Most of us know that the number 40 is biblically significant. Examples are plentiful: During the time of Noah, it rained for 40 days and nights. The Israelites wandered the desert for 40 years. Christ fasted and prayed for 40 days before the start of his public ministry. And of course, there’s the 40-hour period between His burial and the Resurrection.
Forty Hours devotion is — quite literally — 40 hours of continuous prayer before the Blessed Sacrament. A centuries-old practice, it is an affirmation in our belief as Catholics in the Real Presence of the Lord in the Eucharist. “Lumen Gentium,” one of the principal documents of the Second Vatican Council, notes that the Eucharist is “the source and summit of the Christian Life” (“Lumen Gentium,” No. 11).
One of St. John Paul II legacies was the promotion of eucharistic adoration. “The worship of the Eucharist outside of the Mass is of inestimable value for the life of the Church,” he wrote in the 2003 encyclical, “Ecclesia de Eucharistia.”
Forty Hours devotion fell out of practice in the decades following the Second Vatican Council, but some parts of the Church have seen a renewed interest. In the Archdiocese of St. Louis, Kenrick-Glennon Seminary regularly hosts a 40 Hours devotion. Another example is St. Francis of Assisi Parish in Oakville recently offered it for the first time this Lent, in late March.
Father Anthony Yates was introduced to the devotion as a Kenrick-Glennon seminarian. “It was amazing to see the guys going to the chapel at 2 in the morning,” said the pastor of St. Francis of Assisi. “Our parish is always trying to bring people closer to the Mass and the Eucharist. We saw this as a way to expose more people to (adoration) in a bigger way.”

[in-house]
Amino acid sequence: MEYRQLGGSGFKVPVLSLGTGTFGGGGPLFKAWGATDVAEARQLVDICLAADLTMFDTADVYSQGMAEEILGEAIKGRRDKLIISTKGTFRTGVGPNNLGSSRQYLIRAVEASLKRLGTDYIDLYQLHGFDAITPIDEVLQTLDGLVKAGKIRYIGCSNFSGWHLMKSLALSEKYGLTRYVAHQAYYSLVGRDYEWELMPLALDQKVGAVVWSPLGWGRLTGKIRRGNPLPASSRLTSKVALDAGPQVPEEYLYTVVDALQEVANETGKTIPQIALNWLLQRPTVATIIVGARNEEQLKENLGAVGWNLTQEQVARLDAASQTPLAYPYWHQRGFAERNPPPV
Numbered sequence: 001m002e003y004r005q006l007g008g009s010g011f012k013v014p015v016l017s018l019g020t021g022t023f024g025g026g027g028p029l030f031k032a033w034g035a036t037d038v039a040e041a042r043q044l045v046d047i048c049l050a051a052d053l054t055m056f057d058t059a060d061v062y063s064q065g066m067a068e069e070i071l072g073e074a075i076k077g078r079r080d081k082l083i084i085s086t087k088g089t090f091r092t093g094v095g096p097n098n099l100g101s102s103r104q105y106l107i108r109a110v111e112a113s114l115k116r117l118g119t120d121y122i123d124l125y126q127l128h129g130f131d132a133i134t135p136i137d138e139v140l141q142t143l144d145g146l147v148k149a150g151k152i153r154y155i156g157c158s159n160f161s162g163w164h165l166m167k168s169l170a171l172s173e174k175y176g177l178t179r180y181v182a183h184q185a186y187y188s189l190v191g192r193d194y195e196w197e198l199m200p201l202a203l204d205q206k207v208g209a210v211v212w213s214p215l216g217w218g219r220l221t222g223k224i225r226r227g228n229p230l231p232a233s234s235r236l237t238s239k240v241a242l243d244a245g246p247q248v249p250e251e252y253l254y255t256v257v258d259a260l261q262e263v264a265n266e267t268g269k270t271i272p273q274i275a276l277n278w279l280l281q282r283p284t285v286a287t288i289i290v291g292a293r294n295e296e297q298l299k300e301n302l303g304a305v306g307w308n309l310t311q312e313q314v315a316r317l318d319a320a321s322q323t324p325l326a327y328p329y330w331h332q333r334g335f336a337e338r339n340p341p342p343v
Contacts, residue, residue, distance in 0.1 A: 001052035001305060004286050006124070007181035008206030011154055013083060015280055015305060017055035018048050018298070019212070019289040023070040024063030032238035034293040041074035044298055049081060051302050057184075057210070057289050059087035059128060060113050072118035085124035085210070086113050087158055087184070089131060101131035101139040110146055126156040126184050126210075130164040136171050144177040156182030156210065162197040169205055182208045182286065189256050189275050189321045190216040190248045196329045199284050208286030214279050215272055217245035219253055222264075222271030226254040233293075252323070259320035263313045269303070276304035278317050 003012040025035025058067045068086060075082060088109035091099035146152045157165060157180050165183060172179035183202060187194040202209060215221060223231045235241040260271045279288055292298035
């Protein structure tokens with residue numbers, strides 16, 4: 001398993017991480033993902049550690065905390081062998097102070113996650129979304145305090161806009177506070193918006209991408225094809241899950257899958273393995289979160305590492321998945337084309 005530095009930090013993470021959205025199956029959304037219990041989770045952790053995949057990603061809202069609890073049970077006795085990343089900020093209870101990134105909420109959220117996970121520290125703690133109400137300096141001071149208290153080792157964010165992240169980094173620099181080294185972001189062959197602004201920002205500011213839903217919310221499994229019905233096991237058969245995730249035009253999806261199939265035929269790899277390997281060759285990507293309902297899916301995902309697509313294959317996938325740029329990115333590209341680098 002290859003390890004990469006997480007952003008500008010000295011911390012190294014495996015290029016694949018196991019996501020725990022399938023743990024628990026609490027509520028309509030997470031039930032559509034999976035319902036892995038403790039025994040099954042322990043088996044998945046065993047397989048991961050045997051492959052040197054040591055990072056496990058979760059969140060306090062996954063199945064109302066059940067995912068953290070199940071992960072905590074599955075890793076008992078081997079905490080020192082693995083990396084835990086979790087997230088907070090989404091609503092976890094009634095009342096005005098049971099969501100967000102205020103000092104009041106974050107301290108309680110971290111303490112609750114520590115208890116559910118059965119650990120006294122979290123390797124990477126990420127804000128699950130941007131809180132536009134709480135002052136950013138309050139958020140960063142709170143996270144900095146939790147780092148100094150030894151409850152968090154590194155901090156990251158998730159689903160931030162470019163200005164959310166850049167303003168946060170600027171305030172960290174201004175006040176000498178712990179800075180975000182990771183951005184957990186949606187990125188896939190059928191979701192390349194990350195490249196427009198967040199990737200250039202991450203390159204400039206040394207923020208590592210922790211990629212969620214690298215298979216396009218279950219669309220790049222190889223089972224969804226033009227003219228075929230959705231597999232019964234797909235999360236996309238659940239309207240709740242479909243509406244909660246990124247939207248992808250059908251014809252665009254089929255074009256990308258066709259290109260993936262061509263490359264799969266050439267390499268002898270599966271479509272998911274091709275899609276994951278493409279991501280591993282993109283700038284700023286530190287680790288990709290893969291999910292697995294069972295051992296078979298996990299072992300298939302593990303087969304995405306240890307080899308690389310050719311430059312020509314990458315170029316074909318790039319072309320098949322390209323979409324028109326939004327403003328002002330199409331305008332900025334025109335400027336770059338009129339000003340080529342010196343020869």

The devotion generally begins with a solemn Mass and procession with the eucharist, followed by exposition at the altar. During the next 40 hours, people gather for personal or public prayer in adoration. If a church offers regular daily Mass during the 40-hour period, the Eucharist is reposed in the tabernacle at that time. At the end of adoration, a Mass of Reposition might be celebrated, following with another procession, and ending with Benediction and final reposition of the Eucharist.
Spending time in adoration, Father Yates said, helps us to become closer to Jesus and deepens our relationship with Him. Regarding the Real Presence in the Eucharist, “faith will tell us Christ is present when the human sense fail,” Father Yates said. “It’s going to be that faith of our heart that draws us closer to Him as a person. And the only way you can become closer is to spend time with Him.”